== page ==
The opportunities brought by the arrival of mobile technologies and services have not gone unnoticed, particularly by those sitting in, or uncomfortably close to, the so-called bottom of the pyramid. Indeed, mobile ownership is increasing there, too, and shared phone and village phone plans mean that those who are not yet able to afford a phone still have access to the technology. A single village phone lady in a rural Rwandan village, for example, may provide telecommunications services to hundreds of people in her area.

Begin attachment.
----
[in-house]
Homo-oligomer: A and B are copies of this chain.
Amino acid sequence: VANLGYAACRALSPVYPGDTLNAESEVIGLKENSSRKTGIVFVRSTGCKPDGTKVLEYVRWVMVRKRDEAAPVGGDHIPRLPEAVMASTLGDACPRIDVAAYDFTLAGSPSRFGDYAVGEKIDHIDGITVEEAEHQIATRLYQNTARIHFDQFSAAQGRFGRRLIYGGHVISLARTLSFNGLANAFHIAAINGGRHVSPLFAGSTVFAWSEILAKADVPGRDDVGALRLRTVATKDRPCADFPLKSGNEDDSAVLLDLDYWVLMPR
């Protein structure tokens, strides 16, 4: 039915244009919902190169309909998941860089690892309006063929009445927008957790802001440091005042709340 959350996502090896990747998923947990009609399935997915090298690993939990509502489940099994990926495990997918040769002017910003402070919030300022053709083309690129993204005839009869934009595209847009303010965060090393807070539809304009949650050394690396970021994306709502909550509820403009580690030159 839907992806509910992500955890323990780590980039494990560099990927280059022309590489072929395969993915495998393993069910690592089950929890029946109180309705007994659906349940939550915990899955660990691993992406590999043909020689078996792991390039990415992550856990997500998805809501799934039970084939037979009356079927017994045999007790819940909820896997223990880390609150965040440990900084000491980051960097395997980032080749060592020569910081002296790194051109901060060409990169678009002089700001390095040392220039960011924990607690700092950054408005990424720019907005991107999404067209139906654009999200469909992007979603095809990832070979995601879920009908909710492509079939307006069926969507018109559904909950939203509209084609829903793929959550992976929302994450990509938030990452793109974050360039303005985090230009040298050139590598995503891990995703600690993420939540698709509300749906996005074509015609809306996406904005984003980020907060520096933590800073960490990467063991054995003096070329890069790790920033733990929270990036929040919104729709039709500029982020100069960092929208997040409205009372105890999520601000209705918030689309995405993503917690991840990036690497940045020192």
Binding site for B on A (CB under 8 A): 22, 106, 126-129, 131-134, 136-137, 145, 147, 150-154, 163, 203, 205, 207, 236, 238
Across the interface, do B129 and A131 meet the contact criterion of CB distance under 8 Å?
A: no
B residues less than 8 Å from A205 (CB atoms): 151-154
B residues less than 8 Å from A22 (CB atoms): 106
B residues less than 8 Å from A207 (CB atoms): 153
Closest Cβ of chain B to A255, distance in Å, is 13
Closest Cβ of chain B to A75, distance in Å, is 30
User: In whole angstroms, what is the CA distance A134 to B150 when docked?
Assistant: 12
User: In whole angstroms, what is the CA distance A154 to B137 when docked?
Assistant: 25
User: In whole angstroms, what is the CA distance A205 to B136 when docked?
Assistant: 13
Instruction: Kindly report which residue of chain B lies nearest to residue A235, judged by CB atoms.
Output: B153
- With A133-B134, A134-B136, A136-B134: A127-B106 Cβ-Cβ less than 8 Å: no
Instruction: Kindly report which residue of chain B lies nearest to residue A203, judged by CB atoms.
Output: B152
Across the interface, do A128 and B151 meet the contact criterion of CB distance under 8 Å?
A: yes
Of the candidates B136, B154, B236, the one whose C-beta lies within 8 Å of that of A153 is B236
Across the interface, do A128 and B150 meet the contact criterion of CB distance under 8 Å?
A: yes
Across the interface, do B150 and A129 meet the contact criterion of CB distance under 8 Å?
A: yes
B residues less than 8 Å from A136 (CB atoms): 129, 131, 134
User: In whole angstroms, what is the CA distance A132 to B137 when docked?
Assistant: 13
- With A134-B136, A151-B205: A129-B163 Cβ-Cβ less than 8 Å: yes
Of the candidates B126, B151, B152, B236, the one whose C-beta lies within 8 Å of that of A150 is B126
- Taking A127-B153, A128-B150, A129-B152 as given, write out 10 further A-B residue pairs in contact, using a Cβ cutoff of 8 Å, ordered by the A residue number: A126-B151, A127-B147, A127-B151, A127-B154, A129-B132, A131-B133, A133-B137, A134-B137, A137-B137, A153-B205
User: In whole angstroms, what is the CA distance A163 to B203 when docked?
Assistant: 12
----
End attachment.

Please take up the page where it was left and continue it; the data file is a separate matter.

In "Mobile Telephony: Leveraging Strengths and Opportunities for Socio-Economic Transformation in Nigeria," Christiana Charles-Iyoha is clear about the value Nigerians placed on their mobile phones, many describing losing them as literally a matter of life or death for their businesses. At the same time, many -- not only in Nigeria but also many other parts of Sub-Saharan Africa -- have been quick to exploit the numerous opportunities they bring. More widely, the spread of mobile phones has brought significant casual (or informal) employment opportunities for people. In Uganda, for example, a recent report by the Uganda Communications Commission listed a formal (i.e. officially employed) national total for the IT sector, a majority of which consists of the mobile industry, at around 6,000 people. The informal sector, which engages in support activities (which I'll discuss in a moment) represents over 350,000. The numbers are staggering. If we ignore this informal sector then, clearly, a considerable amount of economic activity is slipping under the radar.